I live in England in the UK. I frequently commute to work via a scenic country route. Sometimes a farmer marches his livestock down one of the public roads. The cars stop on one side and the farmer leads them down the other.

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I was wondering: if one of the cows reared up and damaged my car, who would be liable? My car is stationary on a public highway. Would it be the farmer? Or would it be considered an "act of god"?

  • Interesting question. The laws I'm familiar with usually involve the owner allowing livestock to roam "at large". It's not clear to me if driving them to a different pasture counts as "at large". – ColleenV Nov 5 '15 at 17:31

This is covered in the Animals Act 1971 Chapter 22: "An Act to make provision with respect to civil liability for damage done by animals and with respect to the protection of livestock from dogs; and for purposes connected with those matters." http://www.legislation.gov.uk/ukpga/1971/22

The use of the roads by livestock under control is legal. If a cow damaged a car when a herd of cows was being moved, the driver could probably make the case that it is the farmers fault, as they are using and operting on the highway in much the same way as any other traffic: car, truck, horse drawn carraige, etc. And much the same way if the farmer was driving a car and collided by his own fault with the driver.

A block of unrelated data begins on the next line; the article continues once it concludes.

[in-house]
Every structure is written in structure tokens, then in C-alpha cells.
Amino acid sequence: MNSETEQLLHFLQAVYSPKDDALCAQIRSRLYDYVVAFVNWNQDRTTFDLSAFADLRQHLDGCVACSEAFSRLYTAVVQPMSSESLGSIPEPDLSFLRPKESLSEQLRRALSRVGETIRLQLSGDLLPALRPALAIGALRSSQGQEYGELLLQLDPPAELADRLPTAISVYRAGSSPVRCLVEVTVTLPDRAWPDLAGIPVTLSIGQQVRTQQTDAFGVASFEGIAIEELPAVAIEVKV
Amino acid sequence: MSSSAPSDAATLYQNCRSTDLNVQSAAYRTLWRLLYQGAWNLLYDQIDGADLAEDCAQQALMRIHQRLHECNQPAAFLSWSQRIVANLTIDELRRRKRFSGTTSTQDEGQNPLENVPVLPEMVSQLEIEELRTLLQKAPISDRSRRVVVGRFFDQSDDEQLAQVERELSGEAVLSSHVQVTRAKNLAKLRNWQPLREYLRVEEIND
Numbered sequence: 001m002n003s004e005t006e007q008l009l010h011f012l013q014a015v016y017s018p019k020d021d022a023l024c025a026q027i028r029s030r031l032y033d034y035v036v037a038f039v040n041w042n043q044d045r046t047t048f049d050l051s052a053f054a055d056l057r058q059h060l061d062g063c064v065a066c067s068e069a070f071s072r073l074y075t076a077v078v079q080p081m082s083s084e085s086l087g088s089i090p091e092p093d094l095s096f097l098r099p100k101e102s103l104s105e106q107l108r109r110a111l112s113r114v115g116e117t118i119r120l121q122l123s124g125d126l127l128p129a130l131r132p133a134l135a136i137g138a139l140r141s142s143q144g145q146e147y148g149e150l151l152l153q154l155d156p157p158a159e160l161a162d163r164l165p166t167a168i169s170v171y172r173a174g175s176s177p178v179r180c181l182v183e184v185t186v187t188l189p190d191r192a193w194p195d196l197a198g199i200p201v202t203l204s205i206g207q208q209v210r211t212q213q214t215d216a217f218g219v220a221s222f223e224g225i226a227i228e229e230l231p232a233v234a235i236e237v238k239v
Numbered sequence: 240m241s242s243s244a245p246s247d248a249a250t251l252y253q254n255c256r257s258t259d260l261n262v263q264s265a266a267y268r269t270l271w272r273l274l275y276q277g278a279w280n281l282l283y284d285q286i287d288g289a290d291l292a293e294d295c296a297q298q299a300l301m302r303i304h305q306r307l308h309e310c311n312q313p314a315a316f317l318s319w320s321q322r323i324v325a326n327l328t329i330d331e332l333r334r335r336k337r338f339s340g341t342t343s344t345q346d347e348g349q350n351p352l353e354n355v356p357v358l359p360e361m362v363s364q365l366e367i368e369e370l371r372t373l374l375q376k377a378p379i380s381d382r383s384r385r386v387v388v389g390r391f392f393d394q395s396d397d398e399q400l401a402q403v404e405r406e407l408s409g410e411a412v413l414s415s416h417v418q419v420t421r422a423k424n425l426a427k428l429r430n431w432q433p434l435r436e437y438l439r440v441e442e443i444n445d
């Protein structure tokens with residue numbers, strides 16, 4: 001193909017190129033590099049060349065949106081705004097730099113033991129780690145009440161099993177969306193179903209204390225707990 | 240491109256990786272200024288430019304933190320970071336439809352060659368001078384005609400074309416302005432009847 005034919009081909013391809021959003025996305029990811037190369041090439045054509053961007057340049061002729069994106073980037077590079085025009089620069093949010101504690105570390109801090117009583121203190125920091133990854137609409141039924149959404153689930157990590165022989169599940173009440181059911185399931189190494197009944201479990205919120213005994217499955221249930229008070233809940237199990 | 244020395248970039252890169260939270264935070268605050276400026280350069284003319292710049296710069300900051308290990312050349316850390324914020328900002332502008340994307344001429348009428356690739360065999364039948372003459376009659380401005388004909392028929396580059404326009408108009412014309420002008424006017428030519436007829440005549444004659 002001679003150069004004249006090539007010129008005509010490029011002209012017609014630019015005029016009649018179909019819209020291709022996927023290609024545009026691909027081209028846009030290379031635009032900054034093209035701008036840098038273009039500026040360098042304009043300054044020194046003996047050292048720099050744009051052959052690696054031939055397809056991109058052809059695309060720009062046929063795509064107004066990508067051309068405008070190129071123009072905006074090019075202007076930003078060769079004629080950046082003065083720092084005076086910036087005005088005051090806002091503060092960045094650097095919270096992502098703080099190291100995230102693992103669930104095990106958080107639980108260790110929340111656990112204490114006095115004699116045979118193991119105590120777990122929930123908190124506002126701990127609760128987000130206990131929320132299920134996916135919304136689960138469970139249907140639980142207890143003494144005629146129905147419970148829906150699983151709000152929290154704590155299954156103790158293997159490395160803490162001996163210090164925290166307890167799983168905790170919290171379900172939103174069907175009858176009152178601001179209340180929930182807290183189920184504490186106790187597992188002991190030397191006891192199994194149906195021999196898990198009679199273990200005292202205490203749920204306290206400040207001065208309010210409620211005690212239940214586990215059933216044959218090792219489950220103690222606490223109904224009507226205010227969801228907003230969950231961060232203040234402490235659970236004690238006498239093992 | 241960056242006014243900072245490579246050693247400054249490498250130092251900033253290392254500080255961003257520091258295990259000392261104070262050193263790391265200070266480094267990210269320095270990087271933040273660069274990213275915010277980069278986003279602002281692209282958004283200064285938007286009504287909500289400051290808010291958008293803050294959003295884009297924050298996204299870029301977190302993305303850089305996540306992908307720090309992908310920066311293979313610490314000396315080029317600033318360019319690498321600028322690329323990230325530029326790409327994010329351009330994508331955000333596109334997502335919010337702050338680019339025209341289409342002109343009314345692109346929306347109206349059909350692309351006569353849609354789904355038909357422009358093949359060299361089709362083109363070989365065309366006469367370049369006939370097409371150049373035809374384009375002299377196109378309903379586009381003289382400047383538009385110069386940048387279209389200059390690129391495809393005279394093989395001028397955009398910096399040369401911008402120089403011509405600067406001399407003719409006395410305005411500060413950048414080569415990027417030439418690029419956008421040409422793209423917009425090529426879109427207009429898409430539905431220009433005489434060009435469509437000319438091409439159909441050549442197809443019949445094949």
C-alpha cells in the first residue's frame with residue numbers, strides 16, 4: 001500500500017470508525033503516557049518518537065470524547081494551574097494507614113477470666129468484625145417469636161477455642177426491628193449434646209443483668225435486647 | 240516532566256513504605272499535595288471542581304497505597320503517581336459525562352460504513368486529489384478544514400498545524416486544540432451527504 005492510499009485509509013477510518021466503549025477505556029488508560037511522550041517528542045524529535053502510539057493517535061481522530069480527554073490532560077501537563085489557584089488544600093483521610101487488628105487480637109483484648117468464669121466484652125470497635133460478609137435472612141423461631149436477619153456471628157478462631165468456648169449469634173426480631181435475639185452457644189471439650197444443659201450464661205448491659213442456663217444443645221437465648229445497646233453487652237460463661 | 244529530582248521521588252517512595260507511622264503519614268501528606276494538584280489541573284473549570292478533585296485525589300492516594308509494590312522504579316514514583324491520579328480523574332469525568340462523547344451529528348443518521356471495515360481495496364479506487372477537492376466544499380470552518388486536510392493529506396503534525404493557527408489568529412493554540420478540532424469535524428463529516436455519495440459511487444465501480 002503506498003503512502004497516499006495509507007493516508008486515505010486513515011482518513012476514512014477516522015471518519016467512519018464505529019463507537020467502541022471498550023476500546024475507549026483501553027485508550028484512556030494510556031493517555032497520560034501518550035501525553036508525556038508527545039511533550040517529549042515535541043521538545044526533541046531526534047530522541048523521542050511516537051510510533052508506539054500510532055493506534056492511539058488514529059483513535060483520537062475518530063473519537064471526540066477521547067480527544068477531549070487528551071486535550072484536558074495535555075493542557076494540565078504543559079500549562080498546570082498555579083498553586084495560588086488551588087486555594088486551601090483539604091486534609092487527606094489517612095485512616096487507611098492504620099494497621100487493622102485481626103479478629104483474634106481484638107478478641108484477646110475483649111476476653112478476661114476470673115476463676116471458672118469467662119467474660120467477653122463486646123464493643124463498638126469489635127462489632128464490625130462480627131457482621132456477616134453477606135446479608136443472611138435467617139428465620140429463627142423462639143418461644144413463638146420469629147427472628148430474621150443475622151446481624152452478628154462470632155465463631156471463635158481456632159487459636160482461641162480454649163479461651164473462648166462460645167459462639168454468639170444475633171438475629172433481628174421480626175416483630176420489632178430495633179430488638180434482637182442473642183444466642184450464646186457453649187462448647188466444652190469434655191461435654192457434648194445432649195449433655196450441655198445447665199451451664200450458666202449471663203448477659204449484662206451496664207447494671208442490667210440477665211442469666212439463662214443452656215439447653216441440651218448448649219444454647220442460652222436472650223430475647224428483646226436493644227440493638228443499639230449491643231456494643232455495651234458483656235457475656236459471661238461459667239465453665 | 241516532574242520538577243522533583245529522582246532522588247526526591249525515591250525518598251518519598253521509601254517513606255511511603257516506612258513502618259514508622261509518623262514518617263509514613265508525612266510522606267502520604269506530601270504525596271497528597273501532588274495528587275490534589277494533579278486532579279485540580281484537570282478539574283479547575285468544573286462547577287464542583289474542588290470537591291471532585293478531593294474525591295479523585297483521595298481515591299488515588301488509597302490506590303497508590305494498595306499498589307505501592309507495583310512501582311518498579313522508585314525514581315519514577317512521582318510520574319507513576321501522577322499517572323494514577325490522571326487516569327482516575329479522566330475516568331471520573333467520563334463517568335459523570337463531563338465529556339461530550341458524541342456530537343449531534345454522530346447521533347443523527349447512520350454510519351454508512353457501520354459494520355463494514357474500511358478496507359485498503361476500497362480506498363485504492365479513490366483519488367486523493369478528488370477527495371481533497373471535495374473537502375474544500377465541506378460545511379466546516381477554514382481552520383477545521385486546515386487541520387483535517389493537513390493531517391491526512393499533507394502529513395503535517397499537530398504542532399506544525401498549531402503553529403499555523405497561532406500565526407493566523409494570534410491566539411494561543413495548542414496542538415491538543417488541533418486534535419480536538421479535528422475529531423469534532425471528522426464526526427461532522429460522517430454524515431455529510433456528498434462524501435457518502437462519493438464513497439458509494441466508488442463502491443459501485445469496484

In the US West, "Open Range" laws can work in the opposite manner; in some cases, you hit a cow, you pay for it, and pay for the damage to your own vehicle. See https://en.wikipedia.org/wiki/Open_range

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    Livestock (and wild horses) have right of way over all vehicles, and the Highway Code says "If a road is blocked by a herd of animals, stop and switch off your engine until they have left the road" (s.214). Unless the farmer goaded the cattle (possibly literally), you've no case. – Tim Lymington Dec 31 '16 at 23:43

I suspect the answer may be similar to the common law rule for dog bites (which varies by jurisdiction). If so, it might matter whether the farmer had any prior warning that the particular animal was prone to misbehaving. If yes, he could be negligent for letting it go into a situation where property damage was more likely than with a typical cow. And if the farmer was doing anything out of the ordinary--such as prodding the animals in a way that caused them to act-up, that could make him liable too. On the other hand, the farmer would probably say you assumed the risk by traveling in farm country.

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  • While the farmer might say that, it's a risk created only by the farmer themselves, and doesn't preclude their liability. – Nij Dec 24 '16 at 23:38

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